passed to and fro from cluster to valiant cluster.

So throughout the immense camp were em-
ployed the rest of the men of Meave ; but the



4 THE TRIUMPH AND PASSING OF CUCDLAIN

captains of territories and the kings and chief
warriors, having been bidden to feast with the
great Queen, assembled without the royal" pavi-
lion, waiting until what time the thrice-blown
trumpet should sound. They having come
from far from the ends of the camp with their
attendants, along the resounding streets and
ways stood together conversing. Their armour-
bearers stood apart, bearing each man his
master's white banqueting shield.

Then sounded from within the first blast of
the trumpet, and the armour-bearers entered the
pavilion, whose sylvan walls and roof, rough
with leaves and boughs, waxen tapers illumi-
nated, tall as a warrior's spear, not permitted
in the houses of the nobles, and the many tables
shone with the instruments of festivity
vessels of glass and brass, silver and gold. Afar,
at the northern extremity of the vast chamber,
curtained with a canopy of silver, sat the High
King of the Olnemacta, Aileel Mor, son of
Rossa Roe, son of Fergus Fairge, holding in his
aged right-hand a silver staff, and beside him sat
the great Queen. Upon the severed stems of
branches, and brazen nails driven hastily into
the trees, the armour-bearers hanged the
shields of their masters, obeying the voice



VICTORIOUS MBAVE 5

of the wise seneschal, awarding to every king,
and warrior and captain of territory his place,
so that the walls shone anew with the white
shields and their painted warlike symbols, and
with the spear-heads of shining brass.

A second time the trumpet sounded, and
from without, between the armed men who kept
the door, entered in the mighty captains of the
Tain giants of the elder time, godlike heroes,
and founders of nations and warlike tribes,
kings and captains, and fearless champions, the
foremost of the chivalry of Erin, long-haired
warriors, stately, broad-breasted, having noble
eyes. Upon each breast glittered a brooch of
gold or silver, or of burnished brass, confining
their brattas of silk or fine cloth, purple, or green,
or crimson, or of diverse hues. So they entered
the pavilion to the hospitable music of the
harpers of the king, and sat them down, each
champion beneath his own shield. High-raised,
at the northern extremity of the pavilion, sat
the royal pair ; and high-raised, at the southern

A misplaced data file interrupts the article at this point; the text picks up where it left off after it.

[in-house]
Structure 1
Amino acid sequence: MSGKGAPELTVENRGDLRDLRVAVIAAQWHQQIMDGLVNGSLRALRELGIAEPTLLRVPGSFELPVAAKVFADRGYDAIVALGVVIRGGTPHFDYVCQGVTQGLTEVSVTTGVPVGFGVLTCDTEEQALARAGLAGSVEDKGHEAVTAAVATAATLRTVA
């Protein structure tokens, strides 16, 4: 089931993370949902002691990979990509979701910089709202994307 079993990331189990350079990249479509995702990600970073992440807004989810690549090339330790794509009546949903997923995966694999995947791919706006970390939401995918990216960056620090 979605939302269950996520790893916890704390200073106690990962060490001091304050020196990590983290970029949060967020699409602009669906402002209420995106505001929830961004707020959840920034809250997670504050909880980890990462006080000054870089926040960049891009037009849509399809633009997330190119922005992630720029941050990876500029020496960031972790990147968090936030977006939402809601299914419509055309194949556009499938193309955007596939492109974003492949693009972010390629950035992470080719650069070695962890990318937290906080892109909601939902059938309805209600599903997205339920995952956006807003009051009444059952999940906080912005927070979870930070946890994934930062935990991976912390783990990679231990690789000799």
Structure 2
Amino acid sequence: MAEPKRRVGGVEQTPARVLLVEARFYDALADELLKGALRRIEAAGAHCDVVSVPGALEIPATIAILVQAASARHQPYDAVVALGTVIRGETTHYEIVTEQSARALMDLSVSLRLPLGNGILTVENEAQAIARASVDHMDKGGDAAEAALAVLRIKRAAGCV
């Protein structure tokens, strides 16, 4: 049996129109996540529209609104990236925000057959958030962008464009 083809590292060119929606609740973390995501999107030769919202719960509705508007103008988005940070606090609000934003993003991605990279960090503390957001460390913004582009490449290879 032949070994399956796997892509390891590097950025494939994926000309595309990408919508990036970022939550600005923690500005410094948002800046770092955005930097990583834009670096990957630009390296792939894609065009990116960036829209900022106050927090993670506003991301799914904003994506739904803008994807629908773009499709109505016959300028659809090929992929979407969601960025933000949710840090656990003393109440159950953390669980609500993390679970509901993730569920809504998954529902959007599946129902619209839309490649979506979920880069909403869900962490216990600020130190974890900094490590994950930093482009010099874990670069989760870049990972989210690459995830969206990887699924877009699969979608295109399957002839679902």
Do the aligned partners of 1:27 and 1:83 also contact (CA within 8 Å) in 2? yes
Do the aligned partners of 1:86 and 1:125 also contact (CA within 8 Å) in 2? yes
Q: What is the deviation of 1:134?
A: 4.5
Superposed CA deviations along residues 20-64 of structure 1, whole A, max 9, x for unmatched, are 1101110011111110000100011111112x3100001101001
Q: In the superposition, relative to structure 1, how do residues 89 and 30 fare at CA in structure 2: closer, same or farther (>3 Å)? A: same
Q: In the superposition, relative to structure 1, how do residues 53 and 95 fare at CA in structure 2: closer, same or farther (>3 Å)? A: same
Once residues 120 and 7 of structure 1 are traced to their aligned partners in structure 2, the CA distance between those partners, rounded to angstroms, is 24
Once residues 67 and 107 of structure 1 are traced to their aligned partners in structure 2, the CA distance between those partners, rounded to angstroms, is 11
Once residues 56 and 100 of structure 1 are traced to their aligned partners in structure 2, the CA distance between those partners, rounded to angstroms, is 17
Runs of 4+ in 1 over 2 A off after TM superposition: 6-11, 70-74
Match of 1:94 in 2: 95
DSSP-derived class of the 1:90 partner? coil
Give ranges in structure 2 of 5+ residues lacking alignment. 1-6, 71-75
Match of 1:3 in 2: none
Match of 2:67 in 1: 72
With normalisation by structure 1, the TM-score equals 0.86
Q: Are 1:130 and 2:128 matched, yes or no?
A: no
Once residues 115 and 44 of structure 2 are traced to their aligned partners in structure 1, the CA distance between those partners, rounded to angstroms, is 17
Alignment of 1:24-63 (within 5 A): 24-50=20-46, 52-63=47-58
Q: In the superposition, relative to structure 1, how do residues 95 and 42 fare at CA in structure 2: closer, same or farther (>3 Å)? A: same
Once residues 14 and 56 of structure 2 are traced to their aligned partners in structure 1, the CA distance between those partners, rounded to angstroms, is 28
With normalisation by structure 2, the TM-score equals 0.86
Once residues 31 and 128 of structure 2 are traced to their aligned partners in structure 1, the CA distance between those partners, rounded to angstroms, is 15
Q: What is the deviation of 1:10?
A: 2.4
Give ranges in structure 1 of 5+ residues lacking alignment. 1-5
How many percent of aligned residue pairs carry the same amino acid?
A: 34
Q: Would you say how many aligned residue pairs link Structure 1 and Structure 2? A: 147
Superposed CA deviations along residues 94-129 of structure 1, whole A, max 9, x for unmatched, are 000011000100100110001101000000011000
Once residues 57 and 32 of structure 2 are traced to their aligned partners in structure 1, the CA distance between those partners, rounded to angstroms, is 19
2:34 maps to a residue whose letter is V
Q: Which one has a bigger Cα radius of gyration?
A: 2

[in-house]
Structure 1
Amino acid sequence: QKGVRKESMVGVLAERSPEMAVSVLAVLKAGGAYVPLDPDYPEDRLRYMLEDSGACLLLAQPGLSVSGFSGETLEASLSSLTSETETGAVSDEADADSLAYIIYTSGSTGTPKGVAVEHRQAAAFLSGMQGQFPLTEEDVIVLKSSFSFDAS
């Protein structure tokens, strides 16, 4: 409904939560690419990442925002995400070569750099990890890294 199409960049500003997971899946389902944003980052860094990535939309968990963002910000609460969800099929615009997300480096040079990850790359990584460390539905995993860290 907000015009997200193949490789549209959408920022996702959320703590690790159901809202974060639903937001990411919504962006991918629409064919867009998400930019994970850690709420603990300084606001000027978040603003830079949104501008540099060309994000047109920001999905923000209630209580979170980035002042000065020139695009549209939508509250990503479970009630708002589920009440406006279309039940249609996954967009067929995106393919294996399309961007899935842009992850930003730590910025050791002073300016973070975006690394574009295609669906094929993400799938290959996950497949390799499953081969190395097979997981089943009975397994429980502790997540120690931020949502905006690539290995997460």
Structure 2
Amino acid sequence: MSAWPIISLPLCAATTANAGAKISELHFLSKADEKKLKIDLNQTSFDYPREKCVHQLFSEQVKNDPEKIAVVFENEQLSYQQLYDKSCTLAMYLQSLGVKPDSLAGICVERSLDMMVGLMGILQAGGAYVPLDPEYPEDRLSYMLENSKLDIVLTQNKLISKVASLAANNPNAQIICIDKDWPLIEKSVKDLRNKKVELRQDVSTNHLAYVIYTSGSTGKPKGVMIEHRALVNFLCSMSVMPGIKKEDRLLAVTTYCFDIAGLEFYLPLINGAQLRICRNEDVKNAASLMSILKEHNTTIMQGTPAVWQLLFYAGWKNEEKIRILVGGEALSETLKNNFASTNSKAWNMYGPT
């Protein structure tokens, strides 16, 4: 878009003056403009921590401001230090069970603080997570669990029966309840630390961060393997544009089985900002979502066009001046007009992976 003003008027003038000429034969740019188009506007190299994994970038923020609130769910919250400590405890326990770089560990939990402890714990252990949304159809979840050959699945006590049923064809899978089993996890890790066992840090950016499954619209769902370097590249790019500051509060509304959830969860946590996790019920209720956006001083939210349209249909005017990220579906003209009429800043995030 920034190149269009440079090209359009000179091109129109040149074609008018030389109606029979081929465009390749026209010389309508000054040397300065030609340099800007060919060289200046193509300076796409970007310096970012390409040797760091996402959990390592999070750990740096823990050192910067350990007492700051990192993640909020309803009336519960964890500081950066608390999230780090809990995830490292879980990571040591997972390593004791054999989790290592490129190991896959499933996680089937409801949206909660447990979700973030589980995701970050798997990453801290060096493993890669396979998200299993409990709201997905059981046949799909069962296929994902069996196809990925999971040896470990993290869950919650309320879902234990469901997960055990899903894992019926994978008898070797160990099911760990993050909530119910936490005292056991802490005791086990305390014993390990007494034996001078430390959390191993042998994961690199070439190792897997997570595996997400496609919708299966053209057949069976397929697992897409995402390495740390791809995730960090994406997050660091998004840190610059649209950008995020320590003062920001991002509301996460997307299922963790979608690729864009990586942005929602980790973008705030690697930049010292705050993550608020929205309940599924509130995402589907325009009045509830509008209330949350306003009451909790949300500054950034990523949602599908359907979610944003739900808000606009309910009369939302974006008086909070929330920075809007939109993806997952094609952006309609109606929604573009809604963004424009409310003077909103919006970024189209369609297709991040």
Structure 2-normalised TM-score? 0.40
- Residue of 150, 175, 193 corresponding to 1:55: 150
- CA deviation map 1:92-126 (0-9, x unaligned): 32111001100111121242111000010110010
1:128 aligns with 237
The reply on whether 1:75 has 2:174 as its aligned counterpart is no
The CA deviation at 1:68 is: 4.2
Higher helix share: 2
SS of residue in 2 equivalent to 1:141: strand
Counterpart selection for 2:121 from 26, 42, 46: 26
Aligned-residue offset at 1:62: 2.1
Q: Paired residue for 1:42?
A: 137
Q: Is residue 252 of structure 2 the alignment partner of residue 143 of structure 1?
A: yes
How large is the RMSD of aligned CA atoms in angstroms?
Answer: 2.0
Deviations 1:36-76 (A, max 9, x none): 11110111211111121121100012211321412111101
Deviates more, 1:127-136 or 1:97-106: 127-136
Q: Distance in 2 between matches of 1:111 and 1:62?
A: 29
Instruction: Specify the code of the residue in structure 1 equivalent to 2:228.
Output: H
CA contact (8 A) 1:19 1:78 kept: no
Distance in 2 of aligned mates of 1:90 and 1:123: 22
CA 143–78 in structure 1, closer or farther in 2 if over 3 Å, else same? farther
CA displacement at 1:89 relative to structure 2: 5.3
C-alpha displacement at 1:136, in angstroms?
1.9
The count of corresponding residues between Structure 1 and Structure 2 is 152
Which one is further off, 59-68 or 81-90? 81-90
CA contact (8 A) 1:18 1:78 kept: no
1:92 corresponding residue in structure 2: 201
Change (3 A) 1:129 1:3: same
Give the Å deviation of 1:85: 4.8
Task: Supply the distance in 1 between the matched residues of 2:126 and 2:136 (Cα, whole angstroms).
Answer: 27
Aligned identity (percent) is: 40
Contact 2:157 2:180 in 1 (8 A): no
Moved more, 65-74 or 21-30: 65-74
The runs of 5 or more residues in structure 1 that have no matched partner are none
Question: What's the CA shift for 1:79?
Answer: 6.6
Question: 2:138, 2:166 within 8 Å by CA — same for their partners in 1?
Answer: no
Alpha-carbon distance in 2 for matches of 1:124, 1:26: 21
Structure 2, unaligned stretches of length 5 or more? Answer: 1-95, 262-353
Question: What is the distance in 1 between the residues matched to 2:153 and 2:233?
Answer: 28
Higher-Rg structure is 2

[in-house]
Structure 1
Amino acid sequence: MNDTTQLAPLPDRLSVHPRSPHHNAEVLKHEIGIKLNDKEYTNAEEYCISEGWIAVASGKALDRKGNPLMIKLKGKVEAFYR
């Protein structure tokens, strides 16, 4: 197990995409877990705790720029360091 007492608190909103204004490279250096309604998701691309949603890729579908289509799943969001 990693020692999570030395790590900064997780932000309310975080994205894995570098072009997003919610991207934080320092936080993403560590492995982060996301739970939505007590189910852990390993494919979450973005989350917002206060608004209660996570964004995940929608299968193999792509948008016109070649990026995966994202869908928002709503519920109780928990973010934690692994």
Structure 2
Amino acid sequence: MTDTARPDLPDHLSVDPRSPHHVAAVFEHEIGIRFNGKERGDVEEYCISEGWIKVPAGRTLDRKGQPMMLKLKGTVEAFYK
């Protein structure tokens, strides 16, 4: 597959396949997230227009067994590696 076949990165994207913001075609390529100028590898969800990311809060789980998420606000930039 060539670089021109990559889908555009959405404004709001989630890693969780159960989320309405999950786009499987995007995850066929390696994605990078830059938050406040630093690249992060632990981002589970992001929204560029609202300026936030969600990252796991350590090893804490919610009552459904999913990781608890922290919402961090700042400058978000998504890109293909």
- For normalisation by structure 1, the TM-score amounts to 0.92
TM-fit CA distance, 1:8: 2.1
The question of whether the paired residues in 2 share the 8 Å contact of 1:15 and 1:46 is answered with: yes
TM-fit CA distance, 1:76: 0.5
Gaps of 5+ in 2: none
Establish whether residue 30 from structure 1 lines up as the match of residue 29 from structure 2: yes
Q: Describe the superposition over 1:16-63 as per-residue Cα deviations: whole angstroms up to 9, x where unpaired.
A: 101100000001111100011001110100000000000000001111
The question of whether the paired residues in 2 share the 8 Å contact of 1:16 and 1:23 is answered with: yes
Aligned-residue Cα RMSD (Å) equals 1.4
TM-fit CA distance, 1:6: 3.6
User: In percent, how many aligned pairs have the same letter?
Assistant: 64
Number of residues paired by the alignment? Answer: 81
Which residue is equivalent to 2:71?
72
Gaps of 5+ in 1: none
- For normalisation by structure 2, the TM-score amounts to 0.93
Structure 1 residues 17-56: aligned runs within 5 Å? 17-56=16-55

extremity, facing the Ard-Rie, sat Fergus Mac
Roy, occupying the Champion's Throne, that
next in honour to the King's.

A third time the trumpet sounded, and there
poured in the retinues, and the armour-bearers



6 THE TRIUMPH AND PASSING OF CUCULUN

entering a second time, warriors of lesser note,
and the captains of the household troops of
Aileel, and sat at the lower tables. To them,
in like manner, the seneschal and his servants
divided the order of their sitting, and no man
disputed his award.

There, then, the great warriors of the Tain
feasted, rejoicing in themselves and their match-
less Queen. But when they had made an end
of eating, the slaves removed the remnant of the
banquet and the instruments of the first feast,
and went round again distributing abundantly
the ruddy, exhilarating ale, and all turned their
attention anew to drinking and conversation,
all except Fergus, upon whom was the care of
the whole host ; but he sat glooming, like a
great rock in the glittering noontide sea, while
he, in a low voice, conversed with his fellow
and dear friend Cairbre, son of Concobar Mac
Nessa. So they drank and conversed, till,
after a space, Aileel smote with his staff the
canopy above his head, and the silver canopy
vibrating, sent forth a ringing, gong-like sound
which stilled the voices of the heroes, so that no
sound was heard save the confused hum of the
great camp of the Tain. Straightway, from the
lower table, arose a stripling having a bardic



VICTORIOUS MEAVE 7

fillet around his temples, and he, crossing to the
right side of the pavilion, at the upper end, hard
by where the High Queen sat, removed from the